Zuma's 2013 pledge still not fulfilled

Only 61 boreholes drilled

06 July 2020 | International



The N$100 million drought aid offered to Namibia by former South African president Jacob Zuma in 2013 still has not fully materialised.

The first phase of the donation, consisting of seed and maize meal, was delivered in 2015.

The second phase made provision for 104 boreholes to be drilled to help drought-stricken communities. Only 61 boreholes have been completed.

Twenty-five were drilled in Zambezi, 14 in Kavango East, 17 in Kavango West, 16 in Ohangwena, 21 in Kunene and 11 in Omaheke.

The condition of Zuma’s funding agreement was that half of the money was to be used for boreholes.


In response to Namibian Sun's questions, agriculture ministry spokesperson Margaret Kalo said: “The ministry of agriculture, water and land reform planned to install 104 boreholes. To date, 61 boreholes were installed and are operational.

“Moreover, the ministry has earmarked 41 boreholes for installation whereby 16 boreholes will be installed in Ohangwena Region, while 25 boreholes will be installed in the Zambezi Region.”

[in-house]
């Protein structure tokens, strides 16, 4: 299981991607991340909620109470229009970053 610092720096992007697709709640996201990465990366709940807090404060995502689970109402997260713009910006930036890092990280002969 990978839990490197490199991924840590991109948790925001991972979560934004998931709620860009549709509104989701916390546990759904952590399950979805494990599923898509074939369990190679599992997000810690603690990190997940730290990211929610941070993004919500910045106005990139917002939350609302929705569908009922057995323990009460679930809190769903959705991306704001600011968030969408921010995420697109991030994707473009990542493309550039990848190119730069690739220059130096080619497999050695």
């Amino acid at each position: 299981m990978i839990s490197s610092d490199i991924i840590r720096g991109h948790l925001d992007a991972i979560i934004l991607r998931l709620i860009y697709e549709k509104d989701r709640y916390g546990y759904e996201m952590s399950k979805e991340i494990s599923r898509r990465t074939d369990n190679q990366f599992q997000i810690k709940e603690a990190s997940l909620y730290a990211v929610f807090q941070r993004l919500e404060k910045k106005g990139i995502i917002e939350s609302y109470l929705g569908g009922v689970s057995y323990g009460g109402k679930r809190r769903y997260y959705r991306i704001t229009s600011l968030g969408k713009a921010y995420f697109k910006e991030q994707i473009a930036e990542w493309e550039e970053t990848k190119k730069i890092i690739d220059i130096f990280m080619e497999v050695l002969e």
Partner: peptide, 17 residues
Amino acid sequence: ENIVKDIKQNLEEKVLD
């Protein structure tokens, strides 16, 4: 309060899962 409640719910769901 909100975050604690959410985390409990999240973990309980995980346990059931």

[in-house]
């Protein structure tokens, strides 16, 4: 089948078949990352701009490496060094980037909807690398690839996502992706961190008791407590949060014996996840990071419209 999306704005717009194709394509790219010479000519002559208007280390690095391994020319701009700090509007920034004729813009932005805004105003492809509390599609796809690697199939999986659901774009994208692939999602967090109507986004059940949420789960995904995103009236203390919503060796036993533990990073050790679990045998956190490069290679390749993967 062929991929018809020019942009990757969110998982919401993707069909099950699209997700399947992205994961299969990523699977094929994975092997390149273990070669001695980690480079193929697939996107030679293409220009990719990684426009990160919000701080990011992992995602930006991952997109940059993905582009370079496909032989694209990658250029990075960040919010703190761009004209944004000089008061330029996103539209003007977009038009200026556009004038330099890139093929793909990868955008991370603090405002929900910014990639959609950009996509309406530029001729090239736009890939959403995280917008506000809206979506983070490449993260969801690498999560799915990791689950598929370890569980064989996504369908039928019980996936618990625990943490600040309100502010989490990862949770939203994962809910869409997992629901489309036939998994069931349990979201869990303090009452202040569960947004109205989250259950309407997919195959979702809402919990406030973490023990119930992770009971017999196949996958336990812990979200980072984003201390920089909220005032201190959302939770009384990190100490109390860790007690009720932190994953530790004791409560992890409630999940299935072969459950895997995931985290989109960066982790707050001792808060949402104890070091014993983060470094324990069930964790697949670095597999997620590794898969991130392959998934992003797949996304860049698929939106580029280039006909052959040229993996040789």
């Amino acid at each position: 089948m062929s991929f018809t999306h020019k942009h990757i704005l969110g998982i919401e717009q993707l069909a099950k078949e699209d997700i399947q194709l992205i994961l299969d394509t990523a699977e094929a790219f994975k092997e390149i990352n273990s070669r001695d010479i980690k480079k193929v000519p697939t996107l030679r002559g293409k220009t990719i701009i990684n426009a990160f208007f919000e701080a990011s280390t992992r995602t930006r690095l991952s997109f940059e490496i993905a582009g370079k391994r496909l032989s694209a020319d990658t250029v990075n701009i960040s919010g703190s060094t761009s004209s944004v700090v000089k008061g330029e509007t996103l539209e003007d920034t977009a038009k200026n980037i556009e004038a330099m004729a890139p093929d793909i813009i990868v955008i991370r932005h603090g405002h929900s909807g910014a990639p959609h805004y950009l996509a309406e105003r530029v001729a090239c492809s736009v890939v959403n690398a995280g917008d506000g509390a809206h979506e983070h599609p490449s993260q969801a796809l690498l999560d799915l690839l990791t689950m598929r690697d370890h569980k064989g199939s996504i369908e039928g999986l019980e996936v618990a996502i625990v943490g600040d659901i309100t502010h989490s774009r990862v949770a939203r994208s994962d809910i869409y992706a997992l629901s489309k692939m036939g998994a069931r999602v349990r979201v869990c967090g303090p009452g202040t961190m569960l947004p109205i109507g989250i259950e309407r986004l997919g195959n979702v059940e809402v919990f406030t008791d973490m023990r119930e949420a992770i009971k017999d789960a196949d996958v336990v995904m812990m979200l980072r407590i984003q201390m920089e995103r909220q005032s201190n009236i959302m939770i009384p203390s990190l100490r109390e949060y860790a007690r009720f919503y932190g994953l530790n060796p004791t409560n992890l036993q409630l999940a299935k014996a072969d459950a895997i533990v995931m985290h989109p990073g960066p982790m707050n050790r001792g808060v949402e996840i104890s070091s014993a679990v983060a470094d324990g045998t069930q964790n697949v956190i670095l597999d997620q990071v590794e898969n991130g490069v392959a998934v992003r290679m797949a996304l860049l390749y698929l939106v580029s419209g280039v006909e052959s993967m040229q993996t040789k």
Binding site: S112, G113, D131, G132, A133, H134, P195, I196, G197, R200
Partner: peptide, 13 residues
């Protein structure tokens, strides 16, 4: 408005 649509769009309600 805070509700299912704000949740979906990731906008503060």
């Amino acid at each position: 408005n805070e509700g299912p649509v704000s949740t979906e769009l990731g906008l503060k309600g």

Kalo said the installation was done by the following companies appointed by the South African government: Entiska Consulting Services (Omaheke Region), Sebushi Somo Construction and Projects (Kavango East, Kavango West and Kunene Regions).

“Dumezulu General Dealers and Construction was supposed to install the boreholes in Ohangwena and Zambezi Regions, however the company requested for a price variation from the South African Government Steering Committee, but its request was not approved. Therefore, the outstanding installation will be re-tendered. The Namibian government is still waiting for the way forward since the tender was cancelled in March 2018,” said Kalo.

Nghaamwa intervention

While the agriculture ministry plans to install 16 boreholes in the Ohangwena Region, the former governor of the Ohangwena Region, Usko Nghaamwa, has already equipped half of these boreholes.

Nghaamwa did this to supply water to communities that had to travel long distances for potable water. The boreholes were equipped to the tune of N$714 000 which was donated to Nghaamwa's fund by the Seaflower Fishing Company.